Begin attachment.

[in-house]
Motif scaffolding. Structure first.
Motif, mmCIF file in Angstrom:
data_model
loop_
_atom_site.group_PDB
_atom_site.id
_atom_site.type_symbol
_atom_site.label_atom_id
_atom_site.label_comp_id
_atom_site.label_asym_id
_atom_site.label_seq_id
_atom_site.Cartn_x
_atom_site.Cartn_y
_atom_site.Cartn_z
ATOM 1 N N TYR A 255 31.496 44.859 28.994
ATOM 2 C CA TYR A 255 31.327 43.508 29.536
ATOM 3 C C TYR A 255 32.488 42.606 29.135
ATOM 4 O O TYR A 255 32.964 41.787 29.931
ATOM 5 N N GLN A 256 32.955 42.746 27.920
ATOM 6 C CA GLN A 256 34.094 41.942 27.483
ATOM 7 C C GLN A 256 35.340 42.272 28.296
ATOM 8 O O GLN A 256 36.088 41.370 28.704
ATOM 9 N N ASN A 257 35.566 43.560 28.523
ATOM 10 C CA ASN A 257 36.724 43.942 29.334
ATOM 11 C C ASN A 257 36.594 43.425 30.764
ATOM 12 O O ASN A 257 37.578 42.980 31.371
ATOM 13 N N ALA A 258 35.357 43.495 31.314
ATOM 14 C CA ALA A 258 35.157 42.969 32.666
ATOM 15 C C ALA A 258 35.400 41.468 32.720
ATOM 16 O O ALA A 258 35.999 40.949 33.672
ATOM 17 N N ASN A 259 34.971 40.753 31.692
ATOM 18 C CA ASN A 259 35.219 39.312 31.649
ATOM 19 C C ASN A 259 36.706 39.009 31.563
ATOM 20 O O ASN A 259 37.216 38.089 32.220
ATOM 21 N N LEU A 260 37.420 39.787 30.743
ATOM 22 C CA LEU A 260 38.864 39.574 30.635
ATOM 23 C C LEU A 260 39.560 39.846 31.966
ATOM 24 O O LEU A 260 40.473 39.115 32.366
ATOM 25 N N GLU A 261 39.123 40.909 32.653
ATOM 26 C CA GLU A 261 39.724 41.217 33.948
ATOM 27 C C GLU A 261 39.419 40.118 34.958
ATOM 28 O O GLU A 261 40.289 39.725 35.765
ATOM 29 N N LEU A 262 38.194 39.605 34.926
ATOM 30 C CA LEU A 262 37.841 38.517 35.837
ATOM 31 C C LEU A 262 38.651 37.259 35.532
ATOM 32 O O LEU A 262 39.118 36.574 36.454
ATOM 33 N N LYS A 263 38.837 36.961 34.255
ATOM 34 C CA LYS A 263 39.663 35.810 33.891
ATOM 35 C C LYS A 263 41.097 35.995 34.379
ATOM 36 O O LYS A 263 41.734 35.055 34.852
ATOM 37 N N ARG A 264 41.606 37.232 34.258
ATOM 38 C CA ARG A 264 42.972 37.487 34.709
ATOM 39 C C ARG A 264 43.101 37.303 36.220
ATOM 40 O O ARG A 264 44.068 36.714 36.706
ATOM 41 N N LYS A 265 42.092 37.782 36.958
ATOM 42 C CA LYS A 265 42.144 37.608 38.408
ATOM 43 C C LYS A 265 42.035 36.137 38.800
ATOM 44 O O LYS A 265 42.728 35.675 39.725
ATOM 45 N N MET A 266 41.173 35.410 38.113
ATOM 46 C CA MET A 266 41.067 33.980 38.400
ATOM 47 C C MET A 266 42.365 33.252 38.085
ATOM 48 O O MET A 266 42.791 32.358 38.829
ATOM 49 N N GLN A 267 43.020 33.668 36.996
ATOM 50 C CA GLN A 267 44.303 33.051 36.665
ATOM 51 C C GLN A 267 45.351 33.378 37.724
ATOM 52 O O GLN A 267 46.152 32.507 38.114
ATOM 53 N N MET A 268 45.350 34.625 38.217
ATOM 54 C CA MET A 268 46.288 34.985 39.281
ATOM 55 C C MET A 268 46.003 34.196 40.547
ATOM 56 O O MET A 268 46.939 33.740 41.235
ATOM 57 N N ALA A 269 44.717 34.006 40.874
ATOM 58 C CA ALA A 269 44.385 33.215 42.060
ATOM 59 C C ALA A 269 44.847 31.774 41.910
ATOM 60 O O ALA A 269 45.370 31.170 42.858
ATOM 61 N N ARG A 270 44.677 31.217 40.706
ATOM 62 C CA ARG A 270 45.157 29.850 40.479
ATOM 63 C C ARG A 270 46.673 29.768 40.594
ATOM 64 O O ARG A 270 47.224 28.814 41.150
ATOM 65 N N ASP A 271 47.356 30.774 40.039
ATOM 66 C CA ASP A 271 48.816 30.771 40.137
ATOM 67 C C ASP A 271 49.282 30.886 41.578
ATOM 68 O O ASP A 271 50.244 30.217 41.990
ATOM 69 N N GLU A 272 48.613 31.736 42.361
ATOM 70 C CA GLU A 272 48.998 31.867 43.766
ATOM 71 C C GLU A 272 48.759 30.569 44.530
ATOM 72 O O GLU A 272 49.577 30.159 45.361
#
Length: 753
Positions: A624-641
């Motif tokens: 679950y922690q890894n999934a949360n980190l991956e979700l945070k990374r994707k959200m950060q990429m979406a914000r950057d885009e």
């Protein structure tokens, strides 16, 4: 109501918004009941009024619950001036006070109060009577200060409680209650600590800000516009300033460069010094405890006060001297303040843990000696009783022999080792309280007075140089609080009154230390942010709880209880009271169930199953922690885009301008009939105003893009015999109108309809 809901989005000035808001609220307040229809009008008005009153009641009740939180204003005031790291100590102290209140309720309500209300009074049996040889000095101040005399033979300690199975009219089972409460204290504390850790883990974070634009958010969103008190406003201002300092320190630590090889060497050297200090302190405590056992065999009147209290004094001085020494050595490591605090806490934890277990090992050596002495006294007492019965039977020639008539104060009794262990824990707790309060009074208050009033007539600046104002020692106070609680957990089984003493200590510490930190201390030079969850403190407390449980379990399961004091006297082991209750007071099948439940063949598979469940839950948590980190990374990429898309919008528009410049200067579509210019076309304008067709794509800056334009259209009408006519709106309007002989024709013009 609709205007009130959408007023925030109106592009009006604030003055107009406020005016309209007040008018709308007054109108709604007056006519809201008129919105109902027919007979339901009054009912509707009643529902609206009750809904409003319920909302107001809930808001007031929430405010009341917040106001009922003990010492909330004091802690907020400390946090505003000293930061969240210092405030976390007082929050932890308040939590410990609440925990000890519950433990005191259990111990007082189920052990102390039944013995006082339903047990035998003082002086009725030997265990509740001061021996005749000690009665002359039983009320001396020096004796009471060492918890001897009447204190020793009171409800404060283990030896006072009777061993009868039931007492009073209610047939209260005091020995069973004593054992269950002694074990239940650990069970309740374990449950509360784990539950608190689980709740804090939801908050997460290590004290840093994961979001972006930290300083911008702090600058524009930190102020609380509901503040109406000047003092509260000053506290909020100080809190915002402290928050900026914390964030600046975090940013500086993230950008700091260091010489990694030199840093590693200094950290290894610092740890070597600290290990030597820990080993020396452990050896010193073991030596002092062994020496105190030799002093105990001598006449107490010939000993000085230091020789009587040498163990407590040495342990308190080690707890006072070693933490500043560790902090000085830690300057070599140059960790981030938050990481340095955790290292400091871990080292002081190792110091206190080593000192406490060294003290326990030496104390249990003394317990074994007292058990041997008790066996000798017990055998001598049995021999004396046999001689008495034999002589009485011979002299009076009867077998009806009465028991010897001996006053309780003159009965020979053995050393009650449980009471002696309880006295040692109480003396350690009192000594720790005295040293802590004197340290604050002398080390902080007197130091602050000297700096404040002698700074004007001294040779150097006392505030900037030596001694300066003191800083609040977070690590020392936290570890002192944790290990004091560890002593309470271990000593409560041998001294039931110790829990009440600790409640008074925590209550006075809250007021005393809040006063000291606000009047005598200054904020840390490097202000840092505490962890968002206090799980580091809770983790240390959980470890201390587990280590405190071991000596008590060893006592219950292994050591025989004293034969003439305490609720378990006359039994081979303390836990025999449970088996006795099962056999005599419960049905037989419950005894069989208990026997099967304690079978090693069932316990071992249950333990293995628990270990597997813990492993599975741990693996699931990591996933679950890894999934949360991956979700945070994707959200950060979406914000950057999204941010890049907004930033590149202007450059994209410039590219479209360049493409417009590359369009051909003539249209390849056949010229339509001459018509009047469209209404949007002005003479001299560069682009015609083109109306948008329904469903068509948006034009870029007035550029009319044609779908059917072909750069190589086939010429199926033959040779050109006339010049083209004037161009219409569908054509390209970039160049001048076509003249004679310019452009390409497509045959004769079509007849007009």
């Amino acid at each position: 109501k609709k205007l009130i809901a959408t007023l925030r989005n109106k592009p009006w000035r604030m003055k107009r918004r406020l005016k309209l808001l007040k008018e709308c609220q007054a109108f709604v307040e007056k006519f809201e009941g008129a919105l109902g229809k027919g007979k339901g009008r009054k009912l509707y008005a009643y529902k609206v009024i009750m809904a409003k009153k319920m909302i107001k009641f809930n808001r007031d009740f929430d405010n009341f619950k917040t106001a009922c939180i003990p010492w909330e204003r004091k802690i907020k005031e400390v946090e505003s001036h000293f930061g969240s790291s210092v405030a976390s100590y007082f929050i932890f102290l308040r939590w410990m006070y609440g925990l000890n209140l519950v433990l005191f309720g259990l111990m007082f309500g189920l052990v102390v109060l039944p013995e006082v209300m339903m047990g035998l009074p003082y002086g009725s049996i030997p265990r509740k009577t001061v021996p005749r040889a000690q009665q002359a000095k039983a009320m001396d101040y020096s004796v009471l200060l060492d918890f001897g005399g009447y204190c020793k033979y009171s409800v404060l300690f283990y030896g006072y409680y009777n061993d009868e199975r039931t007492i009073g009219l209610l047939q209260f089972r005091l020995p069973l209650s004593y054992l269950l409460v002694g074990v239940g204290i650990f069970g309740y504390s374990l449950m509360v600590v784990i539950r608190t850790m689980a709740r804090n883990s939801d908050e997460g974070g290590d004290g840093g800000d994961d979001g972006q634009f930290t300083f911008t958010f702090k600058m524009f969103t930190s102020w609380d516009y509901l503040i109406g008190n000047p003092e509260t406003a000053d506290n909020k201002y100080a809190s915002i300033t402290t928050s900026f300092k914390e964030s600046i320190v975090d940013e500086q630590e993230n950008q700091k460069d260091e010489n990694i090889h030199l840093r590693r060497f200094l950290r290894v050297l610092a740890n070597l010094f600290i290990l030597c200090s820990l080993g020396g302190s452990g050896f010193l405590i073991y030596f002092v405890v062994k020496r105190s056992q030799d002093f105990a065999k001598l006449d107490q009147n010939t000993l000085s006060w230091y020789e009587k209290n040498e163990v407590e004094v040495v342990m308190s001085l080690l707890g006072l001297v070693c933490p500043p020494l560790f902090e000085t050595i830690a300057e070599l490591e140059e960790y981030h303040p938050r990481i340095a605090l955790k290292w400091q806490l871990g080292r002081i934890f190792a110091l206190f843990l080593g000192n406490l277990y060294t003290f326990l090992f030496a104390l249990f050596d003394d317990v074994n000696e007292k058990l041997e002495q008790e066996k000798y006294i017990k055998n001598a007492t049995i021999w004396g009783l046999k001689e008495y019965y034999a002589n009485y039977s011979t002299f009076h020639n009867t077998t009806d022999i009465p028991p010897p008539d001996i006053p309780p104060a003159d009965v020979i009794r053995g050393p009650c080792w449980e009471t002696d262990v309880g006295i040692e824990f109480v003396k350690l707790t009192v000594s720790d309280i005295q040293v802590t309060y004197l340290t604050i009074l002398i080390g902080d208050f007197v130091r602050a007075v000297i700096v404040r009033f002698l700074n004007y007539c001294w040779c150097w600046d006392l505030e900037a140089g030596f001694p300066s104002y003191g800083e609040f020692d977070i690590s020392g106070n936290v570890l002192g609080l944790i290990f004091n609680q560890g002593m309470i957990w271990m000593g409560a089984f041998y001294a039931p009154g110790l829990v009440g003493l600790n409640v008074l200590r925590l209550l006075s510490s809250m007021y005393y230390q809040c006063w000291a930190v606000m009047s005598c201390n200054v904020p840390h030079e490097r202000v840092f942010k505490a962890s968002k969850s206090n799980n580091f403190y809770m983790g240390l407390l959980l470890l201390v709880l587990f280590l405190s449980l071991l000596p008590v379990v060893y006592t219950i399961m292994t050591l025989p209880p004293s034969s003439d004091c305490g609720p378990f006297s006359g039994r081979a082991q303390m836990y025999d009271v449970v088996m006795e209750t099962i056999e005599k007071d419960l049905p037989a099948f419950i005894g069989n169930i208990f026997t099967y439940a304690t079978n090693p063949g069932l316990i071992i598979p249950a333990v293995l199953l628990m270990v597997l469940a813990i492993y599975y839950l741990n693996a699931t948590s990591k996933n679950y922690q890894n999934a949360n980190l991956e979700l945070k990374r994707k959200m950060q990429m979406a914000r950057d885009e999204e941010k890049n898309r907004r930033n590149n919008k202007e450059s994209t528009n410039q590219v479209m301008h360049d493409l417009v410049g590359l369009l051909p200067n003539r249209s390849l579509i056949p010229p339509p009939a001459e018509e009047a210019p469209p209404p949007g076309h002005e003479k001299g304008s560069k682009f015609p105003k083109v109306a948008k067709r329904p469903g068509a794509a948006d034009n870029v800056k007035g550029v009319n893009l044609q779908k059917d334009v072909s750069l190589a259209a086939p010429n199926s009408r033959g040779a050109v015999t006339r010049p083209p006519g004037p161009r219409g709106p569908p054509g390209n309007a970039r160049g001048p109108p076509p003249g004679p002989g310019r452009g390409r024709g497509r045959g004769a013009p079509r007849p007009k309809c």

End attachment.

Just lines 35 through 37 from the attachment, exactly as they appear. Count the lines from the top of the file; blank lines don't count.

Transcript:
ATOM 20 O O ASN A 259 37.216 38.089 32.220
ATOM 21 N N LEU A 260 37.420 39.787 30.743
ATOM 22 C CA LEU A 260 38.864 39.574 30.635